@article{osti_1561892,
title = {Global energetics and local physics as drivers of past, present and future monsoons},
author = {Biasutti, Michela and Voigt, Aiko and Boos, William R. and Braconnot, Pascale and Hargreaves, Julia C. and Harrison, Sandy P. and Kang, Sarah M. and Mapes, Brian E. and Scheff, Jacob and Schumacher, Courtney and Sobel, Adam H. and Xie, Shang-Ping},
abstractNote = {Global constraints on momentum and energy govern the variability of the rainfall belt in the intertropical convergence zone and the structure of the zonal mean tropical circulation. The continental-scale monsoon systems are also facets of a momentum- and energy-constrained global circulation, but their modern and palaeo variability deviates substantially from that of the intertropical convergence zone. The mechanisms underlying deviations from expectations based on the longitudinal mean budgets are neither fully understood nor simulated accurately. We argue that a framework grounded in global constraints on energy and momentum yet encompassing the complexities of monsoon dynamics is needed to identify the causes of the mismatch between theory, models and observations, and ultimately to improve regional climate projections. In a first step towards this goal, disparate regional processes must be distilled into gross measures of energy flow in and out of continents and between the surface and the tropopause, so that monsoon dynamics may be coherently diagnosed across modern and palaeo observations and across idealized and comprehensive simulations. Accounting for zonal asymmetries in the circulation, land/ocean differences in surface fluxes, and the character of convective systems, such a monsoon framework would integrate our understanding at all relevant scales: from the fine details of how moisture and energy are lifted in the updrafts of thunderclouds, up to the global circulations.},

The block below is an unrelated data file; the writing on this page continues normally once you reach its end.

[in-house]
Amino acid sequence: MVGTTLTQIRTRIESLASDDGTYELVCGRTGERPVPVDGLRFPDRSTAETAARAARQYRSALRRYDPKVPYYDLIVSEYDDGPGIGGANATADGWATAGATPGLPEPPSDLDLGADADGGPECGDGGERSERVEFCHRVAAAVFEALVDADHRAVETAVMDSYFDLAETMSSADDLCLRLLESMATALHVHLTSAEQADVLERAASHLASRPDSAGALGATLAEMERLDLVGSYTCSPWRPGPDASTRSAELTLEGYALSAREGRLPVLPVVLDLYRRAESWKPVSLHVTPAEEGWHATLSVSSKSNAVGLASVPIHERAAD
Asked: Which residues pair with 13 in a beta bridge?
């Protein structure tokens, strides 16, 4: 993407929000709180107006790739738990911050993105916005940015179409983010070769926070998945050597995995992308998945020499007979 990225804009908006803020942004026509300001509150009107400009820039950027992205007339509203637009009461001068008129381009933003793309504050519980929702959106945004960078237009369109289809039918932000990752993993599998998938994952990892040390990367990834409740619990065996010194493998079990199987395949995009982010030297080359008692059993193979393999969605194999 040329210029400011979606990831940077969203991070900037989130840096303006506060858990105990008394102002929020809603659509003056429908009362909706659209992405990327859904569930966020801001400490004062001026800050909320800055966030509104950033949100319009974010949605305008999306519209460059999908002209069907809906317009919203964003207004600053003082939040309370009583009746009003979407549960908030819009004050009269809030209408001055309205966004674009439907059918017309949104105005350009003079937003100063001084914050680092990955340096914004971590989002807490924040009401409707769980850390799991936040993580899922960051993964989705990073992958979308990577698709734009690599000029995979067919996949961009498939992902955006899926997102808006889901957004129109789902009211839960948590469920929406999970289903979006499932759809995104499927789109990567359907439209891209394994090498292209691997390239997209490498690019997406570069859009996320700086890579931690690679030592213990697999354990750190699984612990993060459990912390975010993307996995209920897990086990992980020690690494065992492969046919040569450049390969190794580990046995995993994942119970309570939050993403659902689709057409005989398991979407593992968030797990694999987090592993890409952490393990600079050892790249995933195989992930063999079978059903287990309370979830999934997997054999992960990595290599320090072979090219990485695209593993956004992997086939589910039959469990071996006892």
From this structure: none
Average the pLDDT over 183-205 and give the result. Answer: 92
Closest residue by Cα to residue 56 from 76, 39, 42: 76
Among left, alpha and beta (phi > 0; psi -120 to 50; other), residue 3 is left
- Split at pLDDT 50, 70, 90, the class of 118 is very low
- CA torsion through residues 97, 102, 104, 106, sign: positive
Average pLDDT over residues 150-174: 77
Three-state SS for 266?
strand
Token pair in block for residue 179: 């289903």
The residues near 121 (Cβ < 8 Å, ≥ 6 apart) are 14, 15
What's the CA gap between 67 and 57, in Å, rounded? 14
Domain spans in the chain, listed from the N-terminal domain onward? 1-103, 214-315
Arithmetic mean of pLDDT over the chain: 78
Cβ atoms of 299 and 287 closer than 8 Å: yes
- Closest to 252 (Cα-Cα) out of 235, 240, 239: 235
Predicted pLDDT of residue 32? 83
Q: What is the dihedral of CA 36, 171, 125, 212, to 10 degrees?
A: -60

doi = {10.1038/s41561-018-0137-1},
journal = {Nature Geoscience},
number = 6,
volume = 11,
place = {United States},
year = {2018},
month = {5}
}